On February 24, 2020, Katherine Johnson passed away at age 101. In 1961, Johnson calculated the flight path for America's first astronaut launched into space. She and her colleagues inspired Margot Lee Shetterly's book, Hidden Figures, and the movie of the same name.
Johnson was one of the first African American graduate students at West Virginia University. In 1953, she started work at NASA's precursor, the National Advisory Committee for Aeronautics. Johnson joined West Computing, a segregated unit of African American women "computers" (then a job title). Computers did mathematical calculations for aerodynamicists so that they could focus on science. Johnson was responsible for key calculations that helped ensure the success of NASA programs, including the Mercury, Gemini, and Apollo projects.
For her computations on America's first human spaceflight project, Freedom 7, Johnson became the first African American woman computer to have her name on a technical paper issued by NASA's Langley Research Center. In 2015, President Barack Obama awarded Johnson the Presidential Medal of Freedom.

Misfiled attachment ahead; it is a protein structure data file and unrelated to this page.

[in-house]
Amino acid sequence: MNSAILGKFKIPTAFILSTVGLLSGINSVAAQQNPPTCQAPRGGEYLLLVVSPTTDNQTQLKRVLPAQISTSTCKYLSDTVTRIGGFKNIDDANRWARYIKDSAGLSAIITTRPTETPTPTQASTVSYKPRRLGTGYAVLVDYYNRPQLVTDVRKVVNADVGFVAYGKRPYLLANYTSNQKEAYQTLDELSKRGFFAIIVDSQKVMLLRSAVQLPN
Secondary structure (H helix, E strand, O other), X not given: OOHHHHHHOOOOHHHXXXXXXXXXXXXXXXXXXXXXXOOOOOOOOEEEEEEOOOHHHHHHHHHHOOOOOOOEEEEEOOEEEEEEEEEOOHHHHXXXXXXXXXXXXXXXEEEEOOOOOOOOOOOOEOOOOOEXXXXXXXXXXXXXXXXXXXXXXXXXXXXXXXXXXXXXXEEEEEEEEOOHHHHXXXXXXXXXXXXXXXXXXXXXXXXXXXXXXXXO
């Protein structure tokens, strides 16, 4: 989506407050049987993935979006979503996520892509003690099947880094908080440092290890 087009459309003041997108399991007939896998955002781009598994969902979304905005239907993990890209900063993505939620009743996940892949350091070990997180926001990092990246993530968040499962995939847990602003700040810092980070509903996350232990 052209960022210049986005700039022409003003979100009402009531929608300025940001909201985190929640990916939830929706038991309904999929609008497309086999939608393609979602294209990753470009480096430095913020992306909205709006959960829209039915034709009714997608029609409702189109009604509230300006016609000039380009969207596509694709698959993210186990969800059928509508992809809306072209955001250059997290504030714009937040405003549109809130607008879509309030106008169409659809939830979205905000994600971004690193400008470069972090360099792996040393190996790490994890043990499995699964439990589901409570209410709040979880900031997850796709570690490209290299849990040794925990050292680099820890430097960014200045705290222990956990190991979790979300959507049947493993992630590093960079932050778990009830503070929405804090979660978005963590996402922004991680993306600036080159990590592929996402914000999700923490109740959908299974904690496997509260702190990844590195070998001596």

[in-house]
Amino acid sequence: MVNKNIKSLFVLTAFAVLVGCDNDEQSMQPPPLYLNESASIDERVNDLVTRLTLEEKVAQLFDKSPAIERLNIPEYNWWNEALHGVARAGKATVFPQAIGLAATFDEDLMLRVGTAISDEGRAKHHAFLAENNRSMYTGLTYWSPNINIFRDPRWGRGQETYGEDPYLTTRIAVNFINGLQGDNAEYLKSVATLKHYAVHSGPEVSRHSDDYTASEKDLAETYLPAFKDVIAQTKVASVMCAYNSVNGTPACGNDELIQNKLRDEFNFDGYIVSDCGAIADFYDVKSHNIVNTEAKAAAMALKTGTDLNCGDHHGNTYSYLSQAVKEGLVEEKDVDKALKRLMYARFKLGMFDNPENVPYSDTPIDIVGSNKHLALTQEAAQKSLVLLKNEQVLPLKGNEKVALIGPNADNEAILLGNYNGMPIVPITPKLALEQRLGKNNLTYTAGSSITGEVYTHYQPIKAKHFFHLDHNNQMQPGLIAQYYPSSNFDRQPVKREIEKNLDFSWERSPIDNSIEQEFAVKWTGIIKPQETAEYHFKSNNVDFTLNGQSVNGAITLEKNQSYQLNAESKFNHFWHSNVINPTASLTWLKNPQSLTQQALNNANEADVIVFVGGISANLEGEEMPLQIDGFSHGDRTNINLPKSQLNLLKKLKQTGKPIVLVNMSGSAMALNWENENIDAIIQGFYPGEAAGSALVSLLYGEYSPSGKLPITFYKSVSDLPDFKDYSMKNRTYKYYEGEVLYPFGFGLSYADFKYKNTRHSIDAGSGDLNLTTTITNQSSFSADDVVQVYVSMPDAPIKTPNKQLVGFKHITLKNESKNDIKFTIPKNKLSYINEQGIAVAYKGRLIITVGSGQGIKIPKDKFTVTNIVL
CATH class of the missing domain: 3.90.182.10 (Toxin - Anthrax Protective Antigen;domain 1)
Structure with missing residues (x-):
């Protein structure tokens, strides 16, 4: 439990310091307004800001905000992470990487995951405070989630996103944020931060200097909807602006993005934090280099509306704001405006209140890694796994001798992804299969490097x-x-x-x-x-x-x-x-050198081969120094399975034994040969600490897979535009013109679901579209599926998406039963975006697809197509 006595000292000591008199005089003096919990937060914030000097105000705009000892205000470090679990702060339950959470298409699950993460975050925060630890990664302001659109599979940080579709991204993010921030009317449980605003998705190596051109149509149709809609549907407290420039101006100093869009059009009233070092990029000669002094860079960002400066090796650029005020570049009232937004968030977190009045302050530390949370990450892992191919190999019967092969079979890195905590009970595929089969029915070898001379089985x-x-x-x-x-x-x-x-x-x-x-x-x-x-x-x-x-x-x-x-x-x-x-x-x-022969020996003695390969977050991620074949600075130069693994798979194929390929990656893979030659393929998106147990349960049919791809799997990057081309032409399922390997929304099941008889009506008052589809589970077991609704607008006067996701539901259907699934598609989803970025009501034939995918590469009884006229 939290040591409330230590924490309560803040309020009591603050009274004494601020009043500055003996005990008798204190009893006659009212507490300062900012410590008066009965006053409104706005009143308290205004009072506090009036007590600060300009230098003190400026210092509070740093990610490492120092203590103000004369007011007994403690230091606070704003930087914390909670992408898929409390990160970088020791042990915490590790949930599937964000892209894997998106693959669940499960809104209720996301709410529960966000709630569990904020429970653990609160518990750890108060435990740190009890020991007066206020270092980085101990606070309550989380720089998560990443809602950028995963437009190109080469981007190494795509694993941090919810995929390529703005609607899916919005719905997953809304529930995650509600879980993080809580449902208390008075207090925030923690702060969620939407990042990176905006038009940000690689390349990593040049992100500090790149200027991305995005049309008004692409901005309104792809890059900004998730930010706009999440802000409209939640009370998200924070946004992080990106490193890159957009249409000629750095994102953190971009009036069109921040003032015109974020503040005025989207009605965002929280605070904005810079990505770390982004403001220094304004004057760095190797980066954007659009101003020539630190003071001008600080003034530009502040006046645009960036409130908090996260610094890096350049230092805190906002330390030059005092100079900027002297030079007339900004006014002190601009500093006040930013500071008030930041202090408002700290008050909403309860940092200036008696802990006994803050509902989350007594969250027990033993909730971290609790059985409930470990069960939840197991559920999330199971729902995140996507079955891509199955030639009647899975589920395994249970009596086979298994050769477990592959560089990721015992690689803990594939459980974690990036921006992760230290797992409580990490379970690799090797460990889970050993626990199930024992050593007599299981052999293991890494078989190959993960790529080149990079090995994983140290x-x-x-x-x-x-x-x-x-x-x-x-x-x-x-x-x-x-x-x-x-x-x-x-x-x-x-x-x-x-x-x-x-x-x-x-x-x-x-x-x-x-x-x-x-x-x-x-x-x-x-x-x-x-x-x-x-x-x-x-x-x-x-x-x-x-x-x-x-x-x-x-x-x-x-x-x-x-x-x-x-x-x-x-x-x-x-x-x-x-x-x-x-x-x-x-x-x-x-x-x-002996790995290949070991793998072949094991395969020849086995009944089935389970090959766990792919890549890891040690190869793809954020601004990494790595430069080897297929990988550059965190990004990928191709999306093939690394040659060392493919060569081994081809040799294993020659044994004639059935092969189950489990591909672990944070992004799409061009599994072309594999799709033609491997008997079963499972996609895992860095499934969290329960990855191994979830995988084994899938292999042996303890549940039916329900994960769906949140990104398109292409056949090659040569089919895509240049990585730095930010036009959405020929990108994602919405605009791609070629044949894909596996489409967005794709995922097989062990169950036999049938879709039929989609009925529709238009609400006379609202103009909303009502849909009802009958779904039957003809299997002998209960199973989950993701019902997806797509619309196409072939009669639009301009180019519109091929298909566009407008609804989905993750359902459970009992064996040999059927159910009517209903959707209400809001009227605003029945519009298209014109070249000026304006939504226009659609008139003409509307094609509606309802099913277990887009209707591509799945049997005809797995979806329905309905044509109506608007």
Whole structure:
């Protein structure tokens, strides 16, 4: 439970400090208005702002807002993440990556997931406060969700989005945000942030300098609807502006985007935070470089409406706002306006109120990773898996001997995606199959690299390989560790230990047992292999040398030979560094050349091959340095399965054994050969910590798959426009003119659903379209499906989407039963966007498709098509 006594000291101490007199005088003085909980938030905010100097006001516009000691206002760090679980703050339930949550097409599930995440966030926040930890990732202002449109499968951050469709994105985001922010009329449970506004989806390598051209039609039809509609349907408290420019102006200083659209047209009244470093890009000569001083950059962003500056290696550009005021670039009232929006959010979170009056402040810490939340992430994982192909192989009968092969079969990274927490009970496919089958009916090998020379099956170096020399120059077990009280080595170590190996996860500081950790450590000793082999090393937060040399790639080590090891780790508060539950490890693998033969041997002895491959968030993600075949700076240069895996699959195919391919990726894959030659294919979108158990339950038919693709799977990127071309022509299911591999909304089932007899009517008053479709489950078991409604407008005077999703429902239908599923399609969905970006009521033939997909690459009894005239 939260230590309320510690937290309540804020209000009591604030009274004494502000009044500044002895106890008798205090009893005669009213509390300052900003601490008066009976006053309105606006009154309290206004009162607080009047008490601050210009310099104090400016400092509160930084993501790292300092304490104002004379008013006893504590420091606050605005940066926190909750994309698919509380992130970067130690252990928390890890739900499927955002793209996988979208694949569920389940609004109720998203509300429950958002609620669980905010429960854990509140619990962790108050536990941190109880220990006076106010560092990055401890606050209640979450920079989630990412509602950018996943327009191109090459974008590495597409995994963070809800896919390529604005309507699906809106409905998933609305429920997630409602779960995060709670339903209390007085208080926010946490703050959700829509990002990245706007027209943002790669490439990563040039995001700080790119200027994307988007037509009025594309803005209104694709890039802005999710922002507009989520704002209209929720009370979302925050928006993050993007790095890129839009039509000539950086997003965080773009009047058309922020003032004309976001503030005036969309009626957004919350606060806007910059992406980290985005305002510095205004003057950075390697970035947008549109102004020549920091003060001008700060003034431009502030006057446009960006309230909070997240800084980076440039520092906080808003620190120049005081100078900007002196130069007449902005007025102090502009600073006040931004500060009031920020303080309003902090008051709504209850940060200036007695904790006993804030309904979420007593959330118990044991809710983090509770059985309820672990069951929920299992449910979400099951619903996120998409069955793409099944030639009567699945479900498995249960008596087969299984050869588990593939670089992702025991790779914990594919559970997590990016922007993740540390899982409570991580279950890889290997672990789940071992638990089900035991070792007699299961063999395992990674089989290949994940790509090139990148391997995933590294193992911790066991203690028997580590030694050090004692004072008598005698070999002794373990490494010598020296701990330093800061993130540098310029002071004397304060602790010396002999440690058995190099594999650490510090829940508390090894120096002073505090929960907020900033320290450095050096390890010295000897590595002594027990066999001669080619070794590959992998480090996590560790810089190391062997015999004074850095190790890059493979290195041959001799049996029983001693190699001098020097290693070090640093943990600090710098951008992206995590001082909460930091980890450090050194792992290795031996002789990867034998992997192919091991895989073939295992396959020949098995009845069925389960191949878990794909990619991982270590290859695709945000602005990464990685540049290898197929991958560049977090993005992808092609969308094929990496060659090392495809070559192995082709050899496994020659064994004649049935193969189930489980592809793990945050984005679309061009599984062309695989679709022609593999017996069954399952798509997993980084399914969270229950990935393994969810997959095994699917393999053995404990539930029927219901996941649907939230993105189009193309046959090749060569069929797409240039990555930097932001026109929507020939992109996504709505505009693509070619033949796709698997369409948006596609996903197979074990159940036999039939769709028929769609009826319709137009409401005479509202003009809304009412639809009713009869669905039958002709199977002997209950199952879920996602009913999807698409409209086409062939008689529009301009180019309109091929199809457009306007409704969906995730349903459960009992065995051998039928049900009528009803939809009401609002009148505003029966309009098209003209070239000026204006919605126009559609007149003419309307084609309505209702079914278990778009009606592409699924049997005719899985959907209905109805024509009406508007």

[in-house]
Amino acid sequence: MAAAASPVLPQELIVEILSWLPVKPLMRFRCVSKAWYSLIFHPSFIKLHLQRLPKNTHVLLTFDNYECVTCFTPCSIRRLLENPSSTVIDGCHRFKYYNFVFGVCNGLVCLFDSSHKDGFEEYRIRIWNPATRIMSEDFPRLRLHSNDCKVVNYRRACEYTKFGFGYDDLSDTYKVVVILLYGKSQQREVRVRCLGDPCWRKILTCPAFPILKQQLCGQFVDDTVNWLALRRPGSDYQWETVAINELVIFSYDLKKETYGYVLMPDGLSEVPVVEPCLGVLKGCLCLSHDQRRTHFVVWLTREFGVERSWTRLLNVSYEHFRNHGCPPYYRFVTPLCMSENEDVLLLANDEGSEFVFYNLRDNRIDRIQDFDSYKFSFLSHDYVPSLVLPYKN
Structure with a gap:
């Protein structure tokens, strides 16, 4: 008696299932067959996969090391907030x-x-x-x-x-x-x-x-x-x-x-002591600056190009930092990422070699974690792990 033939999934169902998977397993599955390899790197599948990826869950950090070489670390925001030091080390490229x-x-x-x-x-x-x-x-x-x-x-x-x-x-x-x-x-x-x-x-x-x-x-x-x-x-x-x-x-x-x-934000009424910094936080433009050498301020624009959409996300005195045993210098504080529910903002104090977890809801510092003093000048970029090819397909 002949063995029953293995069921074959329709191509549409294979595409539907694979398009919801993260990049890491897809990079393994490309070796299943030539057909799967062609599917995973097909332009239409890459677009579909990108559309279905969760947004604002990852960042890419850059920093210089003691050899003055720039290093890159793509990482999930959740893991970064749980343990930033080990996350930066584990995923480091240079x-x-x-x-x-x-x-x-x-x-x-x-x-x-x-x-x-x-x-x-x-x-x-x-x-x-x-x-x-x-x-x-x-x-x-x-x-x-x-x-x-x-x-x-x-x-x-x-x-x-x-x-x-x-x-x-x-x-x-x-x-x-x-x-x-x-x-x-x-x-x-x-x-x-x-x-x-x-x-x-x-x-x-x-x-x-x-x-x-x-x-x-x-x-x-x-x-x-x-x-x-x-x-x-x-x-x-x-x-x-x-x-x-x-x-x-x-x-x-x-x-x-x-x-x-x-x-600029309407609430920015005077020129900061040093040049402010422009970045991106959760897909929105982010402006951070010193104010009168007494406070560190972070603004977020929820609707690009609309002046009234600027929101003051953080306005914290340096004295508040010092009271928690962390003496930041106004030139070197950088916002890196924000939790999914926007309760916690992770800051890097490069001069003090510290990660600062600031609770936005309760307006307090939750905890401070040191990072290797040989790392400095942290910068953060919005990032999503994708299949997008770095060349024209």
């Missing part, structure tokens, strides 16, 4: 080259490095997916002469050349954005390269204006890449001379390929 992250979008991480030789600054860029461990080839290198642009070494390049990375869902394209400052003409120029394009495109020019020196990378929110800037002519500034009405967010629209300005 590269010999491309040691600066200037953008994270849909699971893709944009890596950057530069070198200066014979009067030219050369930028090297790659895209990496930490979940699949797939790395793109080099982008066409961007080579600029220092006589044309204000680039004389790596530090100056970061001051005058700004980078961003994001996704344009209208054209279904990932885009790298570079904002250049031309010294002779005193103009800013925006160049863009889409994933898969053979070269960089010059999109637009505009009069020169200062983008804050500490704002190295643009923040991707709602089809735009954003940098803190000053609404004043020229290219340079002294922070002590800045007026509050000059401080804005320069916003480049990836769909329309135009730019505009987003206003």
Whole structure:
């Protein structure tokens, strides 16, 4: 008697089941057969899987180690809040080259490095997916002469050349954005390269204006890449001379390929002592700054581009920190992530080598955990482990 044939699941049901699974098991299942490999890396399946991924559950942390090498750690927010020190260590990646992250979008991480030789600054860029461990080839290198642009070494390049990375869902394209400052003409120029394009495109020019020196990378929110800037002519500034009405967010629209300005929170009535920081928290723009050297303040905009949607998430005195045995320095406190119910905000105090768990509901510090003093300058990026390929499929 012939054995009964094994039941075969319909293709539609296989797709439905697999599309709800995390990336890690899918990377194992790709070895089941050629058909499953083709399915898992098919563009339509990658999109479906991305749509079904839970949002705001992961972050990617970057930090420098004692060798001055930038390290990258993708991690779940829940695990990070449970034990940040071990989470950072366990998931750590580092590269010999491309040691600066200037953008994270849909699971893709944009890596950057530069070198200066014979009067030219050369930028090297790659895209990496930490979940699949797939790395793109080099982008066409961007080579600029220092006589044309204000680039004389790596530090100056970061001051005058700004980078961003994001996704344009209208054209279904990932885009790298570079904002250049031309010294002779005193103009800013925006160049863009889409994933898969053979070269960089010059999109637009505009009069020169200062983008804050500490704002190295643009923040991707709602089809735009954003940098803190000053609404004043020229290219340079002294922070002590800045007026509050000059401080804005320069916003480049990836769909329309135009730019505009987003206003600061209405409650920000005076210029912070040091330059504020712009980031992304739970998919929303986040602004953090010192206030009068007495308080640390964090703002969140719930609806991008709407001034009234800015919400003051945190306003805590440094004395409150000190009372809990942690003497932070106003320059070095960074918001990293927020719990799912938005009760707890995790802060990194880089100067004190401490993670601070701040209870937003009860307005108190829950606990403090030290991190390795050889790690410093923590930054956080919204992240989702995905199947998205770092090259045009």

Margaret Weitekamp, curator and chair of the Space History Department at the Smithsonian's National Air and Space Museum, spoke with Smithsonian magazine about Johnson's legacy. She said, "Even with all the restrictions and biases against recognizing her potential to contribute to the mission, that she became invaluable...One has to wonder how much more she might have been able to achieve if the path to becoming an aerospace engineer had really been open to her ... instead of being in a support role."
Johnson's work—the math that sent astronauts to the moon—and her outstanding achievements despite racism and sexism will continue to inspire generations to come. We are proud to share Johnson's work, and the work of other women computers, at the Smithsonian. You can see Hidden Figures author Margot Lee Shetterly and NASA mathematician Christine Darden share history of women working at NASA at a 2019 event at the National Air and Space Museum. It's one of many ways we will honor Johnson and her colleagues, and explore the history of women in STEM.
Read more about Johnson in this blog post from our National Air and Space Museum, and about tools similar to those likely used by computers at NASA from our National Museum of American History.